Q: Nick, I would like some ideas on how to avoid losing a month’s rent between tenants. Even my good tenants do not leave the place in move-in condition. It needs painting, cleaning, and minor repairs. Do you have any suggestions? J.P. Cleveland, OH
A: Even with the best tenant, it is inevitable that your unit will need some cosmetic work after four or five years. At the very least, it will need to be painted, and the carpets will need to be cleaned. It is very difficult if not impossible to get this done when one tenant moves out on the 31st and the next moves in on the first.
See if your current tenant is flexible. If your current tenant leaves a little early, you may have time to get the work done before the new tenant moves in. If they are reluctant, try paying them to leave early. If their lease ends August 31st, tell them that you will rebate part of the rent to them if they leave by the middle of August.
See if the new tenant is flexible. Sometimes their schedule is not rigid and they can give you some time after the 1st of the month to get the work done.
Another way to avoid the problem is to never rent for a 12 month period. Instead, rent for 11½ months. This can be beneficial in several ways.
- An 11½ month rental will end on the 15th of the month. This gives you two weeks to get the apartment ready, and cuts your losses in half.
- Having the term end on the 15th of the month makes it harder for tenants to move, since most places are only available at the beginning of the month. Tenants that are trying to move at odd times will have fewer places to pick from.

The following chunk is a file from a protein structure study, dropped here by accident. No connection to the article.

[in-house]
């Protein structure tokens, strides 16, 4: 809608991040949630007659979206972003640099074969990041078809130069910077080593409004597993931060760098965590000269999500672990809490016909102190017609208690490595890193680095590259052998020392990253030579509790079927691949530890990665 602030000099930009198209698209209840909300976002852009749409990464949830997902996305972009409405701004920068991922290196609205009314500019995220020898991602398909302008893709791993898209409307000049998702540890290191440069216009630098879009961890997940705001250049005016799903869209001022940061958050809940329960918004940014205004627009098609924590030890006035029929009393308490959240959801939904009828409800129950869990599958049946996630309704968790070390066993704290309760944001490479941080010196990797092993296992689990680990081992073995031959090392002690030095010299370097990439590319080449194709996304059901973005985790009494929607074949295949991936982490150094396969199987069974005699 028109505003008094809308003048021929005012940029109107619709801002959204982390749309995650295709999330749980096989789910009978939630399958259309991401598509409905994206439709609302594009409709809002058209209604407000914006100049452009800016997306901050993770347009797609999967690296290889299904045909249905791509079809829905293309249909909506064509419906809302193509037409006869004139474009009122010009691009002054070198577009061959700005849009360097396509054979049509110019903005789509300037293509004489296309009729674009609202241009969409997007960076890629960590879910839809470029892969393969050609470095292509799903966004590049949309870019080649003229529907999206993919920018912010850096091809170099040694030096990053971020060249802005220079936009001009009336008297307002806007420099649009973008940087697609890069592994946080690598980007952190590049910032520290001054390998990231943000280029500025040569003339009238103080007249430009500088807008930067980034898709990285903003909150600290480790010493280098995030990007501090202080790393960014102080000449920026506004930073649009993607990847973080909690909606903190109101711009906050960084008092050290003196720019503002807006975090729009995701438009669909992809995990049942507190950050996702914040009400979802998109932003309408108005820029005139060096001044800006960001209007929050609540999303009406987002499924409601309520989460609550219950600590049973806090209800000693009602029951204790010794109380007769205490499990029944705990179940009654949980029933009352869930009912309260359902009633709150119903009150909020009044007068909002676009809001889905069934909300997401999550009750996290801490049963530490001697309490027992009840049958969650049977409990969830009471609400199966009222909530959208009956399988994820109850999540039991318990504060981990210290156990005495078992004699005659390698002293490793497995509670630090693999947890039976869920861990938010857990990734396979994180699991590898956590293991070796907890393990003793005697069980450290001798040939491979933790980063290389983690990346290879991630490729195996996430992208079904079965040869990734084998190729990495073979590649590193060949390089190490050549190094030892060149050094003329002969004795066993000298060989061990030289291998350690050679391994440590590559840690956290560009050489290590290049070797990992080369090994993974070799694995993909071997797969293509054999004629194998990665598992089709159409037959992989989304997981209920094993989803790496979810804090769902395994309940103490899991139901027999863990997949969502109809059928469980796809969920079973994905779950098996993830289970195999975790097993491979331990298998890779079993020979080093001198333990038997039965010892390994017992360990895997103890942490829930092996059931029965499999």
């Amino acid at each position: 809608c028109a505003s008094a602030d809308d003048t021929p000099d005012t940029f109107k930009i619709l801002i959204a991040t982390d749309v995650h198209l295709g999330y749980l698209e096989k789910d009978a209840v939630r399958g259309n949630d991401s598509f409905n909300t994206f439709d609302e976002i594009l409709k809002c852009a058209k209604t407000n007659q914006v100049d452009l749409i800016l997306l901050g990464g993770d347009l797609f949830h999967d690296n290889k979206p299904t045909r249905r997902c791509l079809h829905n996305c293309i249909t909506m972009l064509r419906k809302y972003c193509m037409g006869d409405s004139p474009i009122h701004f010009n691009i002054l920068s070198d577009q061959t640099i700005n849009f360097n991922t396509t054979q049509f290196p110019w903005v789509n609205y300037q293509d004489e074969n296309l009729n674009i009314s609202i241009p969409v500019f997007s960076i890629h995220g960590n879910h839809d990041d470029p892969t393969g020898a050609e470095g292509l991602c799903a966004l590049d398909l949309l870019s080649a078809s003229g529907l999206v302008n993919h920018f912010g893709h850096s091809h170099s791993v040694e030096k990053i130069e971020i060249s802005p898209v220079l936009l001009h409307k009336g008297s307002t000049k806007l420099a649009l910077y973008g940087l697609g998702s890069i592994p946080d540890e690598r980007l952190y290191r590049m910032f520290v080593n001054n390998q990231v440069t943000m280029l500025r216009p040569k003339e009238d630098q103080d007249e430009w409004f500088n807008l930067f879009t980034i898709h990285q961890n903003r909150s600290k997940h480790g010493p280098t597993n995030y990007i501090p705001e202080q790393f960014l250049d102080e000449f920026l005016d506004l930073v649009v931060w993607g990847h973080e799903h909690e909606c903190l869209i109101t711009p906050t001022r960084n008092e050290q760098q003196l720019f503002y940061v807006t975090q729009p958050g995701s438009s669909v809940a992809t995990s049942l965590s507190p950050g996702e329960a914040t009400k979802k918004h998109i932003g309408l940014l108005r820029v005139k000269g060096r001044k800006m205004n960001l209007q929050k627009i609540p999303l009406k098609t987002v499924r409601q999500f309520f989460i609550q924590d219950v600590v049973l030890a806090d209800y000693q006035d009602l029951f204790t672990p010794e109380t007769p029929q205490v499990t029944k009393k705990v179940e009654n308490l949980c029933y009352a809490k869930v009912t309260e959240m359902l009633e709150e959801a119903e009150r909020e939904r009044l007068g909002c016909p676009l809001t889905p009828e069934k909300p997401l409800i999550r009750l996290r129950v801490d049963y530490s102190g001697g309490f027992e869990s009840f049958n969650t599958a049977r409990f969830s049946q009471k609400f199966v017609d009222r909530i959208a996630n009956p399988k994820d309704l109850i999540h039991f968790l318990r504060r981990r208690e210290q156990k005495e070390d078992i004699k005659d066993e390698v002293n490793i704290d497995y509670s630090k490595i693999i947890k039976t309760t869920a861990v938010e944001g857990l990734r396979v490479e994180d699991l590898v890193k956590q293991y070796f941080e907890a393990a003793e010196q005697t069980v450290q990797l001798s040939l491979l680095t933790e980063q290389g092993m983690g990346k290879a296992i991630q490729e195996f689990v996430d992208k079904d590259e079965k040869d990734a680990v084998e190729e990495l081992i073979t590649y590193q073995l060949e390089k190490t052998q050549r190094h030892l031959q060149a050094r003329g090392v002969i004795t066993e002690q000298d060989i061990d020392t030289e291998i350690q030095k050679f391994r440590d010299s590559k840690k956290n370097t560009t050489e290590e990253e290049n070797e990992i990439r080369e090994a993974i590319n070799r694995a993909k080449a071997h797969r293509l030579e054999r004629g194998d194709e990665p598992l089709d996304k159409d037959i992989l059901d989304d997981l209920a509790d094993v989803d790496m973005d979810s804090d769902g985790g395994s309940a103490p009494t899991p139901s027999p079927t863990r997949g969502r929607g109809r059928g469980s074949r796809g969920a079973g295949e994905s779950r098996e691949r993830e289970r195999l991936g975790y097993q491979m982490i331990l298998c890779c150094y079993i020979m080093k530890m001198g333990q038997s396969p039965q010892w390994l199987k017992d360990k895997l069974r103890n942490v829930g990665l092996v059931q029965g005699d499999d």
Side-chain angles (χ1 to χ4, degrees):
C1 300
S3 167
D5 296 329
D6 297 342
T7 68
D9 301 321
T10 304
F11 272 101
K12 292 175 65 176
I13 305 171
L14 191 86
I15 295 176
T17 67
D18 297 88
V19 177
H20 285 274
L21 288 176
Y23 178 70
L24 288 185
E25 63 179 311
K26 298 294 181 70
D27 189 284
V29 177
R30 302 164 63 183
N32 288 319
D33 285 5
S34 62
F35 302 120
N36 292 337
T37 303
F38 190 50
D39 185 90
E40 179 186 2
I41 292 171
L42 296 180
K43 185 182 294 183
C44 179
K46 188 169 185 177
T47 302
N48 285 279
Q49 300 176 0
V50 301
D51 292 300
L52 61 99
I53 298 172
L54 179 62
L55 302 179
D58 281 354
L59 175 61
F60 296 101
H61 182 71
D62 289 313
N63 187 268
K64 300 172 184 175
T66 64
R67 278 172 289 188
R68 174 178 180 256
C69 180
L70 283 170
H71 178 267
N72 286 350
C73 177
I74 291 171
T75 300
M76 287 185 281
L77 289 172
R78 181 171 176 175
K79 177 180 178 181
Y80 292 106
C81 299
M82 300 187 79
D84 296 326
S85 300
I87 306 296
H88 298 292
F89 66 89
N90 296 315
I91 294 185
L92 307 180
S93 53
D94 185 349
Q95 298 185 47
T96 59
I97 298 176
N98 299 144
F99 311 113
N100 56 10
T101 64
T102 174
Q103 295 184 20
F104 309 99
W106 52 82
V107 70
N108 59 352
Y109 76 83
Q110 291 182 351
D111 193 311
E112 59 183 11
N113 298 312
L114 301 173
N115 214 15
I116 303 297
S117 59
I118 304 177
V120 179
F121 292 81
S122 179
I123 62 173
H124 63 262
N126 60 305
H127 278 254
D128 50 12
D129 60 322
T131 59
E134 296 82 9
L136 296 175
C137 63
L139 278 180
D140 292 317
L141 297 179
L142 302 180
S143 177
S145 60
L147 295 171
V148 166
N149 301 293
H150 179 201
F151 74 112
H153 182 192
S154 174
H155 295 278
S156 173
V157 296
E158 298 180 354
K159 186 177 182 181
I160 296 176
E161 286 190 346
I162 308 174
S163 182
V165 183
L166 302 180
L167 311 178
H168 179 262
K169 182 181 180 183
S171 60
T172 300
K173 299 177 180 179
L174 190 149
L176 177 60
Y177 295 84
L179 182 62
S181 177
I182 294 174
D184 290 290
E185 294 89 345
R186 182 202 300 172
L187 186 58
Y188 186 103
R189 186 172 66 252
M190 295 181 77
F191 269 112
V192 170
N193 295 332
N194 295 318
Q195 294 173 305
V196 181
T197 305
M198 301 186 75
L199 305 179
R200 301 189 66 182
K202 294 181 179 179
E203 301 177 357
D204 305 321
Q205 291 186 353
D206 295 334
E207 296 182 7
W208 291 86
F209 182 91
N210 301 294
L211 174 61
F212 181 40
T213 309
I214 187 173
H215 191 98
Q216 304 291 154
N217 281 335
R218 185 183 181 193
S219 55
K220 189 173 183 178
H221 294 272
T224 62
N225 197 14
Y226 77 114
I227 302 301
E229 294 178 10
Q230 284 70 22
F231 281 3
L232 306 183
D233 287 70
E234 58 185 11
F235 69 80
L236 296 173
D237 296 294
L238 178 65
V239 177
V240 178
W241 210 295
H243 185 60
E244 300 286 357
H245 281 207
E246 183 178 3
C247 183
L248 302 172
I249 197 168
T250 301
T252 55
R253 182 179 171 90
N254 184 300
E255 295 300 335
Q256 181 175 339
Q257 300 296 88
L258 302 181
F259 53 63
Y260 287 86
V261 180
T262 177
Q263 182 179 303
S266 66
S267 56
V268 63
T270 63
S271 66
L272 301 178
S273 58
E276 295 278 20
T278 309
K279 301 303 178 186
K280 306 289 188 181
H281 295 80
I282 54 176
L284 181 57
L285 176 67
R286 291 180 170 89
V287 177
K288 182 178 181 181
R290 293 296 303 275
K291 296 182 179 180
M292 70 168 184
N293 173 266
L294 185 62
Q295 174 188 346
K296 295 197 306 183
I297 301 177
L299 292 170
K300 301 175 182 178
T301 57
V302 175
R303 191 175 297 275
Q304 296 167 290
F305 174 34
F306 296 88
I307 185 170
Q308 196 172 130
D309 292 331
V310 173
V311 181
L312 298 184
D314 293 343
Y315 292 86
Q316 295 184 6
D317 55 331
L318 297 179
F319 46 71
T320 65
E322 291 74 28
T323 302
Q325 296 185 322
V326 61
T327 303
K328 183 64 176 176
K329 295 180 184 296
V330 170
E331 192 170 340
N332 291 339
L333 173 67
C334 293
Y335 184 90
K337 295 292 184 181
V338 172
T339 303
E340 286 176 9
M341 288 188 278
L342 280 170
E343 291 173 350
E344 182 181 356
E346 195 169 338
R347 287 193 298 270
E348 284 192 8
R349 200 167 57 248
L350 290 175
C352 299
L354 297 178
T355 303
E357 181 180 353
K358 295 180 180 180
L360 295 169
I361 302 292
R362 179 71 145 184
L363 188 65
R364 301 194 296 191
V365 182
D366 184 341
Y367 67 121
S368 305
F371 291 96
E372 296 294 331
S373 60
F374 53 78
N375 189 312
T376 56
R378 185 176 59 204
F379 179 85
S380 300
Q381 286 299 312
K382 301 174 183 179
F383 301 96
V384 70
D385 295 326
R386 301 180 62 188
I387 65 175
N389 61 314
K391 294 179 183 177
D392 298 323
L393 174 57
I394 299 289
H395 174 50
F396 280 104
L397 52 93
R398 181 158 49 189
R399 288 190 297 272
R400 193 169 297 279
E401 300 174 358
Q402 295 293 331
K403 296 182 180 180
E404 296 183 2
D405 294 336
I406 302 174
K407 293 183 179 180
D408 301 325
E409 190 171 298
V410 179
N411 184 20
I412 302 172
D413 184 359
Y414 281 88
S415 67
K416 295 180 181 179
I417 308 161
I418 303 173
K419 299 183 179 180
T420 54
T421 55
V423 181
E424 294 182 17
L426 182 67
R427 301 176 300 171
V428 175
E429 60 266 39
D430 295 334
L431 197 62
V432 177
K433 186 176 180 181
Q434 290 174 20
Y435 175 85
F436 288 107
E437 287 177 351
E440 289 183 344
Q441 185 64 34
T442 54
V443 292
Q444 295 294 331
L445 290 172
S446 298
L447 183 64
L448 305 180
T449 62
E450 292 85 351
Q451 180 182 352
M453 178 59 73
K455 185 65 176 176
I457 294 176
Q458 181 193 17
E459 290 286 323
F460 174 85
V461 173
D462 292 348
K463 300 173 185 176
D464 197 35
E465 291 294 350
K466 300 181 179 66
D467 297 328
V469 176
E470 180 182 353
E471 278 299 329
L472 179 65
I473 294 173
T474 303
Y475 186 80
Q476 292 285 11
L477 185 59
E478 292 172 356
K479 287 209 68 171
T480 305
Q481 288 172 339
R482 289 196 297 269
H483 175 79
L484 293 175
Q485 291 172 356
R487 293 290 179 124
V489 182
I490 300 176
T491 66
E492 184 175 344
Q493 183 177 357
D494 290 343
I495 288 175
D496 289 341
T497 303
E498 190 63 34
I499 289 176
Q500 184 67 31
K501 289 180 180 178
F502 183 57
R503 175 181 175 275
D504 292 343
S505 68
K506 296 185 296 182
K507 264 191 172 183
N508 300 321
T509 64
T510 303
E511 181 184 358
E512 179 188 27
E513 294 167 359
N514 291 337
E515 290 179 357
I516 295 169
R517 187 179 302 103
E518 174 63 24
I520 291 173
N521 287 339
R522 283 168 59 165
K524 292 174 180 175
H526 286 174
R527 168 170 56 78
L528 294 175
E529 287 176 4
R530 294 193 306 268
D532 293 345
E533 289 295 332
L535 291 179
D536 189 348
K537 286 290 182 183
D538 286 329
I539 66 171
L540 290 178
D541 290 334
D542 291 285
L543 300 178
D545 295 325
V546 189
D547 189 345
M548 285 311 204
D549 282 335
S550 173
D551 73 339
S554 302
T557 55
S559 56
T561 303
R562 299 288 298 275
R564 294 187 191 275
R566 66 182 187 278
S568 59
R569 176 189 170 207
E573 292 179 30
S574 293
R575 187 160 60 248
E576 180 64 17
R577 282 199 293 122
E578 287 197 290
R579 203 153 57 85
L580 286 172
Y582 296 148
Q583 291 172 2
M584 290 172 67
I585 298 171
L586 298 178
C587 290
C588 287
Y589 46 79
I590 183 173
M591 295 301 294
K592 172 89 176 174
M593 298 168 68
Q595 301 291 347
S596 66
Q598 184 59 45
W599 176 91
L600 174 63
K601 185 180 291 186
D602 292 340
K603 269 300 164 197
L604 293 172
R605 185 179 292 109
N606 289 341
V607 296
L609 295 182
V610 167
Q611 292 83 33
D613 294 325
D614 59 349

- The tenant’s rent is due on the first of each month. On the first of the month that they are vacating they owe you two weeks rent. This gives you a wider spread between what they owe you, and what you have of theirs (security deposit), so they are less likely to try to use their security deposit as their last month’s rent. If they are short-changing you on the previous month’s rent, you will have an extra month to take action.
Best of all is to encourage your good tenants to stay. The longer they stay, the less frequent the down-time for cleaning and the smaller your vacancy losses.
[Editor’s Note: Don’t miss Dr. Cash Flow’s FREE seminar at the “Million Dollar” Trade Show and Educational Conference next month on Wednesday, April 17th at the Long Beach Convention Center. Come meet Nick in person where he’ll share with you “How to Get Three Times the Market Rent Without Section 8”. You won’t want to miss this one!]
Nick Sidoti, R.A.M. is a registered apartment manager, licensed real estate agent, investor, lecturer, author of several real estate courses and President of the Western NY Real Estate Investors. For information on his courses or to submit questions for Nick’s column, please email email@example.com or visit www.drcashflow.net.